NPR Corrections

NPR corrects significant errors in broadcast and online reports. Corrections of errors will be made in audio archives, written transcripts and on the website. To report an error, please use our corrections form.

Charges Mount for Organizer of Snowball Express

Corrected on December 22, 2006

This story originally stated that Snowball Express founder Michael Kerr tried to derail news stories about him by seeking a child support settlement with his ex-wife and giving her one day to respond. That information came from ex-wife Judy Kerr, who quoted the private child support collection agency handling her account. Judy Kerr has since been told by the child support collection agency that it initiated the discussion of a settlement.
Morning Edition

Rival Iraq Report Wins Attention in Washington

Corrected on December 21, 2006

This story cites Eliot Cohen as a key contributor to the AEI report on Iraq strategy. While Cohen agrees with the findings of the report, he did not take part in its preparation. Both Cohen and Frederick Kagan are affiliated with the American Enterprise Institute. Both were consulted by President Bush on how to reshape Iraq strategy.
Day to Day

Ending the Year with Finances in Order

Corrected on December 18, 2006

In this radio story, personal finance columnist Michele Singletary says the limit for a 401k personal retirement account is $14,000. It's actually $15,000 this year. Michelle had noted that she was speaking of last year's limit, but it was removed from the radio story because of an audio-editing mistake.
Morning Edition

Sony, Nintendo Stake Different Video Game Bets

Corrected on November 20, 2006

The audio of this story states that the price of the Wii is $279, and the Xbox is $399 and $499. The actual prices are $249 for the Wii, and $299 and $399 for the Xbox.
Weekend Edition Sunday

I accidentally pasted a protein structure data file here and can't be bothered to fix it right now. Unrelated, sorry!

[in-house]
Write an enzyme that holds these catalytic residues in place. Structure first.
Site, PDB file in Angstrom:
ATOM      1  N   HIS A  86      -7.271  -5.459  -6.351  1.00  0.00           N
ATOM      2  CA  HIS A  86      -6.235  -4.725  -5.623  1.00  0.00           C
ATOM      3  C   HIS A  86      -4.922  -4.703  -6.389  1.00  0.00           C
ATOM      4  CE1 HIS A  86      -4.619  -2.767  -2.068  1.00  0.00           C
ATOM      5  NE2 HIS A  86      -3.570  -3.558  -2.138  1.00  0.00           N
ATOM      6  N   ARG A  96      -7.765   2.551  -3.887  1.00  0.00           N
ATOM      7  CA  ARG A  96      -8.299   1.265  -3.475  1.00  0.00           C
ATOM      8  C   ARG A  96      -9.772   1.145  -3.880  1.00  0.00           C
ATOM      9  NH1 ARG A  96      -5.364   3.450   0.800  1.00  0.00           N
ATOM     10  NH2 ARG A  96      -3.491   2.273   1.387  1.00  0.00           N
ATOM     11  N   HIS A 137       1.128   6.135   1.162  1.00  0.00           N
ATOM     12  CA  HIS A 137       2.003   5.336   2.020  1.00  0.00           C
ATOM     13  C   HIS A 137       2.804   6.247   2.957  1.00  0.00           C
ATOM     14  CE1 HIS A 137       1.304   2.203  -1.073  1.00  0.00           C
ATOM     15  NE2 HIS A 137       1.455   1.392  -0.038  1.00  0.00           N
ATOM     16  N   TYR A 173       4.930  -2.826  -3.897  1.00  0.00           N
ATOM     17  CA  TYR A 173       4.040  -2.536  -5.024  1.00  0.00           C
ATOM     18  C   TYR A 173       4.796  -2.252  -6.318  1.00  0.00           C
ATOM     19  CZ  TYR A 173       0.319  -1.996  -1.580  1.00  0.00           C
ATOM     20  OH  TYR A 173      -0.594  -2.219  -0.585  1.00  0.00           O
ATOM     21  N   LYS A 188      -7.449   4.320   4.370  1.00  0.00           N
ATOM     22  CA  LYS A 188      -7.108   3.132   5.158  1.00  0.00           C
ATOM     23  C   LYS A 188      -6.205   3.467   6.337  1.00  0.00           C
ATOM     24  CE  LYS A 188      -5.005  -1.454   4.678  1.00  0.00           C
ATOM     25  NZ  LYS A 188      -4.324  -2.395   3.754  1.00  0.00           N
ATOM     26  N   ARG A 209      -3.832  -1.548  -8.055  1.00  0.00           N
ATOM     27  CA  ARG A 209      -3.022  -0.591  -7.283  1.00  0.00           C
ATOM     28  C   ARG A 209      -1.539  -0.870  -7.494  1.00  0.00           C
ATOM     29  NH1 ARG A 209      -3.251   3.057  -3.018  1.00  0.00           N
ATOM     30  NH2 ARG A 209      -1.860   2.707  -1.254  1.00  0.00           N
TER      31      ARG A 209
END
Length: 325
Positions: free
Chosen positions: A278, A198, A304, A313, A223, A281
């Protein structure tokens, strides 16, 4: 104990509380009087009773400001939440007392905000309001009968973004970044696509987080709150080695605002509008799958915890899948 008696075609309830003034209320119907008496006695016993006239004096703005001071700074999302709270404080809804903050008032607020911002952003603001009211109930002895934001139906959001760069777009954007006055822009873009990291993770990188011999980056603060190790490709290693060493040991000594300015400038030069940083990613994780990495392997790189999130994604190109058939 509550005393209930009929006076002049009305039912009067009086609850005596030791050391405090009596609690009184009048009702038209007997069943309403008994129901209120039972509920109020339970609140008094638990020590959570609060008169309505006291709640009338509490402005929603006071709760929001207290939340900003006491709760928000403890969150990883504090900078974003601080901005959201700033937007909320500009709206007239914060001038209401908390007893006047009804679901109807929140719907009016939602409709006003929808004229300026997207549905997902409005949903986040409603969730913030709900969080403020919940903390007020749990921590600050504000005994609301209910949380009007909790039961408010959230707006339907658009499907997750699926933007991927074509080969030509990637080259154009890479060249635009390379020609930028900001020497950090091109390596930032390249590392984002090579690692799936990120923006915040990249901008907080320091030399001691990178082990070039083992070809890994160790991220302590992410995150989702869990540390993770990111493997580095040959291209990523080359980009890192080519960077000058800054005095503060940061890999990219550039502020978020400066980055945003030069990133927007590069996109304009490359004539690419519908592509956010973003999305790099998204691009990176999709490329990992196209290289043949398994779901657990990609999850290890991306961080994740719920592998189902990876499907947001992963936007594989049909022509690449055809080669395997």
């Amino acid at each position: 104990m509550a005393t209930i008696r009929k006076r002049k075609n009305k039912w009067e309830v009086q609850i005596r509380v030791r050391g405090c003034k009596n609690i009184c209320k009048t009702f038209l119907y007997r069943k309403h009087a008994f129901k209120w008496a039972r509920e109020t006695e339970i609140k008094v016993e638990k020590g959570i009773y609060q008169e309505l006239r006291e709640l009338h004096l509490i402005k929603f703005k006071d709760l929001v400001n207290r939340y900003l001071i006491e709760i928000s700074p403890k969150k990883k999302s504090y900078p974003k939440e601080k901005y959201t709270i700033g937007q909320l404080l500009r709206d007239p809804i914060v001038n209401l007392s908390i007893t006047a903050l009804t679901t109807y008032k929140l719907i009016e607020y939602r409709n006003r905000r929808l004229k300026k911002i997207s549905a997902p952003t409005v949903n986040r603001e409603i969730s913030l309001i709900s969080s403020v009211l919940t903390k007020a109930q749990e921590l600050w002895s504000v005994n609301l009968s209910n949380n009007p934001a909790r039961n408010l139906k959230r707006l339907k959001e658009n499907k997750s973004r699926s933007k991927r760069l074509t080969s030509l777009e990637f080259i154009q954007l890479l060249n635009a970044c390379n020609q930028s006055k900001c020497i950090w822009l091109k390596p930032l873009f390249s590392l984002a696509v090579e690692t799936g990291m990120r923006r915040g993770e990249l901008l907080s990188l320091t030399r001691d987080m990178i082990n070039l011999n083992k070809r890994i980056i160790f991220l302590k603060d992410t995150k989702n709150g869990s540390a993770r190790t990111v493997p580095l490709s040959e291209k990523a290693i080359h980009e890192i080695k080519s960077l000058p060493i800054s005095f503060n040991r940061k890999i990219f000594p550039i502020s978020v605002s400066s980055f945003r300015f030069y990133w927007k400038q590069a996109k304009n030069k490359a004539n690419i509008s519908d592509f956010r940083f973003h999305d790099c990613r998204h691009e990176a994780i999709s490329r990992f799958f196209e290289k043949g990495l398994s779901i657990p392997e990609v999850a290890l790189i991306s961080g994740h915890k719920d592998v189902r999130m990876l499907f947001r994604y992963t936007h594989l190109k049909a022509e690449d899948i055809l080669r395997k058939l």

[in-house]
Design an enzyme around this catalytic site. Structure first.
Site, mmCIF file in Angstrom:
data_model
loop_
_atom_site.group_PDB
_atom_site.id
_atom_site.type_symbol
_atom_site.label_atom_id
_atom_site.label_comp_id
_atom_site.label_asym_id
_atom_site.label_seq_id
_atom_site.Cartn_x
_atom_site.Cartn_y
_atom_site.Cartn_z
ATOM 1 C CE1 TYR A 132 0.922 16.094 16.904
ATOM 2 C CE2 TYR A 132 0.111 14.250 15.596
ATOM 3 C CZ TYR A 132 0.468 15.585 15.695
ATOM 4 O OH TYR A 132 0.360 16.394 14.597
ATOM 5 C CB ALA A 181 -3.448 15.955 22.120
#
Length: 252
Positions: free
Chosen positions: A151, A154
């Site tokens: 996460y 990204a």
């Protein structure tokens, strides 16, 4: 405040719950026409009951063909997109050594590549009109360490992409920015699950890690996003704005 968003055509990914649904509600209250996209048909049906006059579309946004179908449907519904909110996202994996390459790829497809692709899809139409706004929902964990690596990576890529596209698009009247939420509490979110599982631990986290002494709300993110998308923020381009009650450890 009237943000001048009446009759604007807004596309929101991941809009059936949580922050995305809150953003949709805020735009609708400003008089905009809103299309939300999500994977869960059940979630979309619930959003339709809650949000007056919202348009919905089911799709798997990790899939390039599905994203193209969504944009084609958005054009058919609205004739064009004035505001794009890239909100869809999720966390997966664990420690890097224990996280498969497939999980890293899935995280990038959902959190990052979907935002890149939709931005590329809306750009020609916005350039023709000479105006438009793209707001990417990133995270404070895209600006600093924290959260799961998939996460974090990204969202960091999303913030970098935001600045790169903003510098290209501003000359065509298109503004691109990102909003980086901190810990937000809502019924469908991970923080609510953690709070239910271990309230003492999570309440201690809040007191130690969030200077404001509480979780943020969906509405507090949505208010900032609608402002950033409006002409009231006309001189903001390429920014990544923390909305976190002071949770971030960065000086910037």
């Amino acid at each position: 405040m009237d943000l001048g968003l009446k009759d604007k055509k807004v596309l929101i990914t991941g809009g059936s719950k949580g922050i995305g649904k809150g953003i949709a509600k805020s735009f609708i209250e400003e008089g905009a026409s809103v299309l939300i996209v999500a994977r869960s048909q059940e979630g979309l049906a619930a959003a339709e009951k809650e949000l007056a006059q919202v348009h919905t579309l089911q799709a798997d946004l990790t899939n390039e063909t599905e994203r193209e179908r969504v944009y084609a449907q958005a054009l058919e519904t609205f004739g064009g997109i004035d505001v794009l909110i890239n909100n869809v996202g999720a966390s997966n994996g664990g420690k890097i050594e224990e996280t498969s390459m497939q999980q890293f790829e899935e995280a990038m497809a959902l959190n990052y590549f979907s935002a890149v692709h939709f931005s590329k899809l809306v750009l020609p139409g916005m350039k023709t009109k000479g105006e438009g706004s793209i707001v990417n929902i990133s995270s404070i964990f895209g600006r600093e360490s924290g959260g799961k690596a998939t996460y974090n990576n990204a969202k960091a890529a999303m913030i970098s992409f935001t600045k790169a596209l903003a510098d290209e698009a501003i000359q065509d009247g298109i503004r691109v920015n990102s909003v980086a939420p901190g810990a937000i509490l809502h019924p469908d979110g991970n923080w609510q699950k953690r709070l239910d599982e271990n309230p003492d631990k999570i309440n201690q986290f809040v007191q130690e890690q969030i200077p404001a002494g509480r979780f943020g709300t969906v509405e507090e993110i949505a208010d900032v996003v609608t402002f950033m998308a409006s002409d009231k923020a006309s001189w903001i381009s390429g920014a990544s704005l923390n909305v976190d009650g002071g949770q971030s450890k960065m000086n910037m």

Give Me an 'L,' Give Me a 'G'

Corrected on October 4, 2006

The audio for this story contains an inaccuracy. As many of our site's visitors have noted, John Lennon played rhythm guitar in the Beatles. George Harrison was the band's lead guitarist.
Morning Edition

New Treatments (and Old Advice) Can Aid Diabetics

Corrected on September 14, 2006

The broadcast and Web version of this story originally stated that a new form of insulin could be inhaled by nasal spray. In fact, patients inhale a powdered form of insulin through the mouth.

All Things Considered

Letters: Pluto, and a Cemetery

Corrected on August 25, 2006

The reference to Hattie McDaniel should say that she is the first African American to win an Oscar.
All Things Considered

Movies Under the Stars, Surrounded by Tombs

Corrected on August 25, 2006

The audio for this story indicates that Hattie McDaniel is buried at Hollywood Forever Cemetery. Her body actually lies elsewhere; a marker at the cemetery pays tribute to McDaniel.
All Things Considered

In Brazil, Even Bad Music Is Good

Corrected on August 3, 2006

The audio that originally aired incorrectly stated that singer Leandro died in a car crash. He died eight years ago of cancer.
Weekend Edition Saturday

Bill Gates' New Image

Corrected on July 13, 2006

Staff Sgt. Raymond Plouhar was a Marine, not affiliated with the Army as stated in this piece.
All Things Considered

Shell Necklace a Sign of 100,000-Year-Old Culture

Corrected on June 27, 2006

In the broadcast and Web version of this story, NPR stated that the snail shells were found in Israel. Strictly speaking, the snail shells were discovered in the 1930s, in what is today the state of Israel.
Morning Edition

Figures on Chinese Engineers Fail to Add Up

Corrected on June 14, 2006

Gary Gereffi was misidentified in this story. He is director of the Center on Globalization, Governance & Competitiveness at Duke University. NPR regrets the error.
All Things Considered

Ancient Figs May Be First Cultivated Crops

Corrected on June 6, 2006

In the broadcast version of this story, an archeological site in the lower Jordan Valley was incorrectly identified as being in Israel. The site is in the occupied West Bank.
Weekend Edition Sunday

Composer Ben Vaughn's New Musical 'Design'

Corrected on June 3, 2006

In the audio for this piece, the source of a musical solo is misattributed. That's Sarah Kramer on flugelhorn... not "a guy" in the Liberace Orchestra.
Weekend Edition Sunday

Corruption: It's Not Just for U.S. Congress

Corrected on May 24, 2006

A reference to Britain as the world's oldest democracy is in error. The oldest democracy is that of the Isle of Man.
Talk of the Nation

Blogging Poses New Workplace Issues

Corrected on May 23, 2006

The audio in this segment misstated that an employee of the health-care company Kaiser Permanente was let go for a blog entry which revealed confidential information about a patient. Rather, the employee was sued for an entry which linked to a patient's information.
Morning Edition

Iraq Business Environment Difficult to Navigate

Corrected on May 17, 2006